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Here is the question:

$4$ cards are drawn at random from a standard $52$-card deck. At least $3$ of them are hearts. What is the probability that they are all hearts?

I was able to obtain the correct solution as follows:

$\frac{ \binom{13}{4}}{\binom{13}{4} + 39 \binom{13}{3}} = \frac{5}{83}$.

since there are $\binom{13}{3} \cdot 39$ ways to choose a heart and a non-heart.

I want to solve this using the Principle of Inclusion-Exclusion, but I'm having difficulty arriving at the same answer. To compute the number of 4-card hands with at least three hearts, I tried the following:

$ \binom {4}{3} \binom{13}{3}49 - 3\binom{13}{4}$

but this is giving me the wrong answer.

Reasoning:

$\binom {4}{3}$ is to choose which three cards out of four are hearts, $\binom{13}{3}$ is to count which ranks of hearts are selected, and then there are 49 choices for the last (fourth) card. Since we have over-counted four-heart hands, we subtract $3\binom{13}{4}.$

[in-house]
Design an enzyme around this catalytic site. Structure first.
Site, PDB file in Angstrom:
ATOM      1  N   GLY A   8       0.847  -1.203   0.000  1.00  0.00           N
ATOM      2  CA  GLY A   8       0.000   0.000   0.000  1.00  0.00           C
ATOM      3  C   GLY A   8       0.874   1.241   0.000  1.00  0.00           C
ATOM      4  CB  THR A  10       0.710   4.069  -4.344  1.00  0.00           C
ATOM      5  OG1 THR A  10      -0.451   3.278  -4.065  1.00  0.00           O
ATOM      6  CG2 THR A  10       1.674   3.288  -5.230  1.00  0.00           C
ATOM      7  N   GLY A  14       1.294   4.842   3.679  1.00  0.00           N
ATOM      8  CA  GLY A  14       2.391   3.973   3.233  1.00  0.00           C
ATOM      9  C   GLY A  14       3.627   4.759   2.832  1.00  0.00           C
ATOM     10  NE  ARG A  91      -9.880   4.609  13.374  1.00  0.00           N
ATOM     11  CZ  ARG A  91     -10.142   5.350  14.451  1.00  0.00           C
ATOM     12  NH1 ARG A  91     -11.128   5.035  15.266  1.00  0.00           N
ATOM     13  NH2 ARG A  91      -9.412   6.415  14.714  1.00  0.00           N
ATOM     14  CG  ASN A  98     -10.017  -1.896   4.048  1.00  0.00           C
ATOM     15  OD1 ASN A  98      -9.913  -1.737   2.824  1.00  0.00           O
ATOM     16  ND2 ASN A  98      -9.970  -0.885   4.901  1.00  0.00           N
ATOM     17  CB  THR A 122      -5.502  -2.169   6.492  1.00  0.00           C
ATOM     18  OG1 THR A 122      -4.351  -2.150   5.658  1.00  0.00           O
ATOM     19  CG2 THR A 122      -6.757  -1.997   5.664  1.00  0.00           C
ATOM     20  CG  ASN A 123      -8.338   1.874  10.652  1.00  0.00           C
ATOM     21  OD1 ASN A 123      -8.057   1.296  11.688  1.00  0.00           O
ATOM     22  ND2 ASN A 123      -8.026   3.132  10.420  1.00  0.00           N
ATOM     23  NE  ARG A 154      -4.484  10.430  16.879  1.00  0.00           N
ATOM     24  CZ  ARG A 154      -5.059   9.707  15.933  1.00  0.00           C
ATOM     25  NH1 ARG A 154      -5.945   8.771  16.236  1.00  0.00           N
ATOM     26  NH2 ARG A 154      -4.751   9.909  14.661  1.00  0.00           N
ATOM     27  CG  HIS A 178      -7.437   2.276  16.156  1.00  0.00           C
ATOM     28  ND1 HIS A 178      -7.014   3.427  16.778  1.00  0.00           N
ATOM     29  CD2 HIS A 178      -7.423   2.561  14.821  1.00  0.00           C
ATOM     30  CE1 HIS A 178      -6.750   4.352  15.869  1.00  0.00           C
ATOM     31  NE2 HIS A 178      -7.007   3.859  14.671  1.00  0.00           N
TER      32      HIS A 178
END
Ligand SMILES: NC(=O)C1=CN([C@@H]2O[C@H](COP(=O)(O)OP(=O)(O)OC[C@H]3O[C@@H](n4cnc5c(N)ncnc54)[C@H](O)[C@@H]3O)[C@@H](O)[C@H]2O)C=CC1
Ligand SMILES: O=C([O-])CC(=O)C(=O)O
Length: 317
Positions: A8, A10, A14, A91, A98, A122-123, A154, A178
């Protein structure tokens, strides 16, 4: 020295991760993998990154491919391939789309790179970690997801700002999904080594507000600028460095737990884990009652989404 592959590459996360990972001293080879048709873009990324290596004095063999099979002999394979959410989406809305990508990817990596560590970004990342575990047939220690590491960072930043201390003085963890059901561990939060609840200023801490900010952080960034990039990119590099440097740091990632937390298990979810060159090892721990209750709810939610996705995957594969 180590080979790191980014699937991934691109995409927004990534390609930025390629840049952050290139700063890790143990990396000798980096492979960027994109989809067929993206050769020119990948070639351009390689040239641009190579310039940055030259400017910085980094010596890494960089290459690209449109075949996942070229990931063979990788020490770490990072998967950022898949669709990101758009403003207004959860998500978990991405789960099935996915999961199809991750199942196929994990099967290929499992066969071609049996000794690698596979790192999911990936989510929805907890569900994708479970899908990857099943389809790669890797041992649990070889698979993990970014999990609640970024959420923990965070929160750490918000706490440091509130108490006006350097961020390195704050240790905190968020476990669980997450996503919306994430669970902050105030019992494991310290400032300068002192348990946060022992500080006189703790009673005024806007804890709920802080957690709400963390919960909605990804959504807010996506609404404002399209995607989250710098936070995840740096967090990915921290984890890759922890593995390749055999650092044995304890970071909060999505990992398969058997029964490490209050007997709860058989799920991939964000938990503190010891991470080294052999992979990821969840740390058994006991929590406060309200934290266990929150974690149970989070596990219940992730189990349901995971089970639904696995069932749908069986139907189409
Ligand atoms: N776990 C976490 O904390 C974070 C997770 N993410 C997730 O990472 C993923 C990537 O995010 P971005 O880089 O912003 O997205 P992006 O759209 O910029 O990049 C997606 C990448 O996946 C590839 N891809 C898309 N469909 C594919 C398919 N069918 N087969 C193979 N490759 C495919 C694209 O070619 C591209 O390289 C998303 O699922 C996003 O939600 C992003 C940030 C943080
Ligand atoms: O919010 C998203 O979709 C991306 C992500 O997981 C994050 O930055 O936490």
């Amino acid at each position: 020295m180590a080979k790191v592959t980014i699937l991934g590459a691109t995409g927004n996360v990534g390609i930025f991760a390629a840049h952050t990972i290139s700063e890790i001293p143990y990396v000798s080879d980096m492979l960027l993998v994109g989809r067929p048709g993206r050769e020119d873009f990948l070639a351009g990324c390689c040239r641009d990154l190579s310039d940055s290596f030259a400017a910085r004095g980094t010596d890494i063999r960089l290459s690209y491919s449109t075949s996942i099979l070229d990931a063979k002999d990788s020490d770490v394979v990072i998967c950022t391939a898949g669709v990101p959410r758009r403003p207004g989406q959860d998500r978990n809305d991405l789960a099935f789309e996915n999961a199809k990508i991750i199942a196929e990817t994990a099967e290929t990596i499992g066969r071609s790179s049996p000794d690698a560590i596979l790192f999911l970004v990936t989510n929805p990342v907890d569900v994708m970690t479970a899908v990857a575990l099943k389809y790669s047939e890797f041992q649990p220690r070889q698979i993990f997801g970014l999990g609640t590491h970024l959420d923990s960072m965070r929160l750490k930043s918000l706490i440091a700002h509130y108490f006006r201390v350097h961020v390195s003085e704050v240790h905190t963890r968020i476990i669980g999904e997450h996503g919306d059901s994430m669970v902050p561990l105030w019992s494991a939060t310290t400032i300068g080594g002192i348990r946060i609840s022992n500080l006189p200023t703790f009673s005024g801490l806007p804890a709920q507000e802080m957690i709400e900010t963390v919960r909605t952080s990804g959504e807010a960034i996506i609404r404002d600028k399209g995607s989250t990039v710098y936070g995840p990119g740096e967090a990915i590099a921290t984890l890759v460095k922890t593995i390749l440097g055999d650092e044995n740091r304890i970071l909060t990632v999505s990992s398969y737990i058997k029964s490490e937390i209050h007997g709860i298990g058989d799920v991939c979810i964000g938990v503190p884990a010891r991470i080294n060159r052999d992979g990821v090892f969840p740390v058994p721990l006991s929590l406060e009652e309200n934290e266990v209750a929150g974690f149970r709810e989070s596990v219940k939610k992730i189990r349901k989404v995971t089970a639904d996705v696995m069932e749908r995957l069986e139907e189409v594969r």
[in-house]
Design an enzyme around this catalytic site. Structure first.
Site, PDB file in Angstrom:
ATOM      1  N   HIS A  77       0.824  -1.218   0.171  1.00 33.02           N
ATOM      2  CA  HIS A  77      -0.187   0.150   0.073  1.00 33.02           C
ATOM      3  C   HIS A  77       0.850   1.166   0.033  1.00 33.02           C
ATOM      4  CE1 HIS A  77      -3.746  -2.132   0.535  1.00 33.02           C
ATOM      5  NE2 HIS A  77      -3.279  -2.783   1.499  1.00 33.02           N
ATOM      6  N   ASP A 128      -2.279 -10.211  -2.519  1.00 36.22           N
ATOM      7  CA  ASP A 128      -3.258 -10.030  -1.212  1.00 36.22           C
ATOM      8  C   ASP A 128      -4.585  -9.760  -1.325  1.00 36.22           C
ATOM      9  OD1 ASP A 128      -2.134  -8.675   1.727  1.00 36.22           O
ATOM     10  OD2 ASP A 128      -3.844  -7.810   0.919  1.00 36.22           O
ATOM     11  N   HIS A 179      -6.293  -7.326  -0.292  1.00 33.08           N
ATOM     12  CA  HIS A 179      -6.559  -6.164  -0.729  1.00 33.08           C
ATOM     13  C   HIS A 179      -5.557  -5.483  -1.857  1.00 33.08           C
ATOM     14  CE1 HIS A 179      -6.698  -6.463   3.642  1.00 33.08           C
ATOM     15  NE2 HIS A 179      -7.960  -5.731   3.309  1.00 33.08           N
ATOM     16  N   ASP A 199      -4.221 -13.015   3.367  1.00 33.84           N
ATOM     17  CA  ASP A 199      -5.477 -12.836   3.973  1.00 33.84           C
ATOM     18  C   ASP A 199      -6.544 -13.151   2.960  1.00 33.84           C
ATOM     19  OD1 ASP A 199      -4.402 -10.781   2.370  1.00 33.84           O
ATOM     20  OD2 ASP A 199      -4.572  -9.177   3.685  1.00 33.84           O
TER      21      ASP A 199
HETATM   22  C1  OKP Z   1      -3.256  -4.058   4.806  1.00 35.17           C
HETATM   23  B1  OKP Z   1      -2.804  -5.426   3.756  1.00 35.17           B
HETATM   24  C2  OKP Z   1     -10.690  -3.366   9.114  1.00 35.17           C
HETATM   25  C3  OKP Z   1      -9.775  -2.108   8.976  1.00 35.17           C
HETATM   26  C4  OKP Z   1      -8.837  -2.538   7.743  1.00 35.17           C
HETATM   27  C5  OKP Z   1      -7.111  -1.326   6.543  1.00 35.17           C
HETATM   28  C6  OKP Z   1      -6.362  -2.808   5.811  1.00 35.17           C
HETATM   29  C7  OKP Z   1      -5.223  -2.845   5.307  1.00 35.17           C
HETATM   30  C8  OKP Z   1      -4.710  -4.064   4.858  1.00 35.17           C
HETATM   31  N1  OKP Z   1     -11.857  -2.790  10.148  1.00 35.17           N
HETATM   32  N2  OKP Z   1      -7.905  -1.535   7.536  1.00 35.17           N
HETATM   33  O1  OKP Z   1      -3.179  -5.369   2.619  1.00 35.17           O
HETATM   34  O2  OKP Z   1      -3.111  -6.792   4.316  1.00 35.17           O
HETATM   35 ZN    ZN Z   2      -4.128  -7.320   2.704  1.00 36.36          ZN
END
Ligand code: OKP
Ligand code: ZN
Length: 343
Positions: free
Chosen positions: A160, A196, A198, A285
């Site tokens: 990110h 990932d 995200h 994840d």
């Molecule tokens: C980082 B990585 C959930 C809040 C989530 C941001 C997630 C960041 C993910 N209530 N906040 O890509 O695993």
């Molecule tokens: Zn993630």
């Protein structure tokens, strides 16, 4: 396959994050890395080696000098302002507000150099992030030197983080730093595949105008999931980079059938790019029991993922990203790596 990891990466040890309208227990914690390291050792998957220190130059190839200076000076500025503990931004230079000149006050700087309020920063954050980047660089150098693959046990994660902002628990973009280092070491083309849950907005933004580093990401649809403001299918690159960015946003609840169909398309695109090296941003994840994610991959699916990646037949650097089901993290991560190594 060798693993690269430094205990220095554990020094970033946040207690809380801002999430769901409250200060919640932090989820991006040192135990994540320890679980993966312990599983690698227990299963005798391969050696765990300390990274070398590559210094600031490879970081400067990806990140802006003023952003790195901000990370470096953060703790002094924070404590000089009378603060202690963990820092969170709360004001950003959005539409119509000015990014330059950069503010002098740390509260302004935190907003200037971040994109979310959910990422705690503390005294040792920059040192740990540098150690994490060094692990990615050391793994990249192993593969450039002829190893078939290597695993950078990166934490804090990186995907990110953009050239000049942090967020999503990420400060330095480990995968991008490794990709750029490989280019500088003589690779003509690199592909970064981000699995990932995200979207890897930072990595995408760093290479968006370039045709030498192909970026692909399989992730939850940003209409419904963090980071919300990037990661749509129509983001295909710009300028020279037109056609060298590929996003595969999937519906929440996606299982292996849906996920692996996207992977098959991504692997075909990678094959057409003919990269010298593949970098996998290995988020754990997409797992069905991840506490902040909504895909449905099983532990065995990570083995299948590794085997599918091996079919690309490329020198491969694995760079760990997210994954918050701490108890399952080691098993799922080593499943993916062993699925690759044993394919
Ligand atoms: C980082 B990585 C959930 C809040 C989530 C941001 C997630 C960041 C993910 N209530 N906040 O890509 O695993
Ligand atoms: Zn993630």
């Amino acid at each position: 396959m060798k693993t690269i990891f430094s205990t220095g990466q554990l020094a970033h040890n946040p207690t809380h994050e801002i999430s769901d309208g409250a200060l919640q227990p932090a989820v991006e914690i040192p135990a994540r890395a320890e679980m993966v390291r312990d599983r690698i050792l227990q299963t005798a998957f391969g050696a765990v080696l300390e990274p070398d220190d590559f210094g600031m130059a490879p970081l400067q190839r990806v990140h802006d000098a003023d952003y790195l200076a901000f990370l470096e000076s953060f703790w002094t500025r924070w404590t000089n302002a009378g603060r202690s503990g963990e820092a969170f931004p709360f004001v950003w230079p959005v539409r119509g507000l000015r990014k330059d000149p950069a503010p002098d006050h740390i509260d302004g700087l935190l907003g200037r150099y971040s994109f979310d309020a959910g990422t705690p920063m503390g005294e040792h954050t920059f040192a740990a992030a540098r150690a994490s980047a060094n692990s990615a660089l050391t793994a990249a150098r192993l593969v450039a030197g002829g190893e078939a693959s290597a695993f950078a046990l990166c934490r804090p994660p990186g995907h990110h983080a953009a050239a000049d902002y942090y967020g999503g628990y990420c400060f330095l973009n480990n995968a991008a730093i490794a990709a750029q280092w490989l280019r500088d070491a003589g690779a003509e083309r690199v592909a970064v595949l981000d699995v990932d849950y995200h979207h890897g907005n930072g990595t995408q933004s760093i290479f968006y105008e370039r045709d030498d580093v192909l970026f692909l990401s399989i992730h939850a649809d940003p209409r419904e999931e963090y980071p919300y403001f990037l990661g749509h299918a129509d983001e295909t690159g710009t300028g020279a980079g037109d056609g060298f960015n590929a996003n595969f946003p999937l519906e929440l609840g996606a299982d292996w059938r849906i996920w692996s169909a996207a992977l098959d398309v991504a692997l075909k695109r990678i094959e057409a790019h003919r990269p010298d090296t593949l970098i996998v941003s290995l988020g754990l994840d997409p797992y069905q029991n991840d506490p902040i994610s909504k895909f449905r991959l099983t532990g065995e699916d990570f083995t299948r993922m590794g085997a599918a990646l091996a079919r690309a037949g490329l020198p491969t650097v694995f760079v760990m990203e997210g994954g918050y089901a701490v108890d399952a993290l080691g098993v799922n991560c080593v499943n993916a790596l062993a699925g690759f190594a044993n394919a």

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I think you made a typo in your answer it should be $\frac{ \binom{13}{4}}{\binom{13}{4} + 39 \binom{13}{3}}$. Now about your other approach of finding number of ways of choosing 4 cards with at least 3 hearts note that it will be $\binom{13}{3}*49 - 3 \binom{13}{4}$, which is same as above. The reasoning goes as follows, first note that order does not matter, now there are $\binom{13}{3}*49$ ways of choosing at least three hearts with double counting of cases which have all hearts. The cases with all hearts are counted 4 times so we subtract those to get the right answer.

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You were doing great, only notice that the number of ways to obtain exactly three hearts is $\binom{13}{3}\times 38$, as there are $\binom{13}{3}$ ways to pick the three hearts and $38$ ways to pick the non-heart.

So the answer is $\frac{\binom{13}{4}}{\binom{13}{4}+38\binom{13}{3}}$

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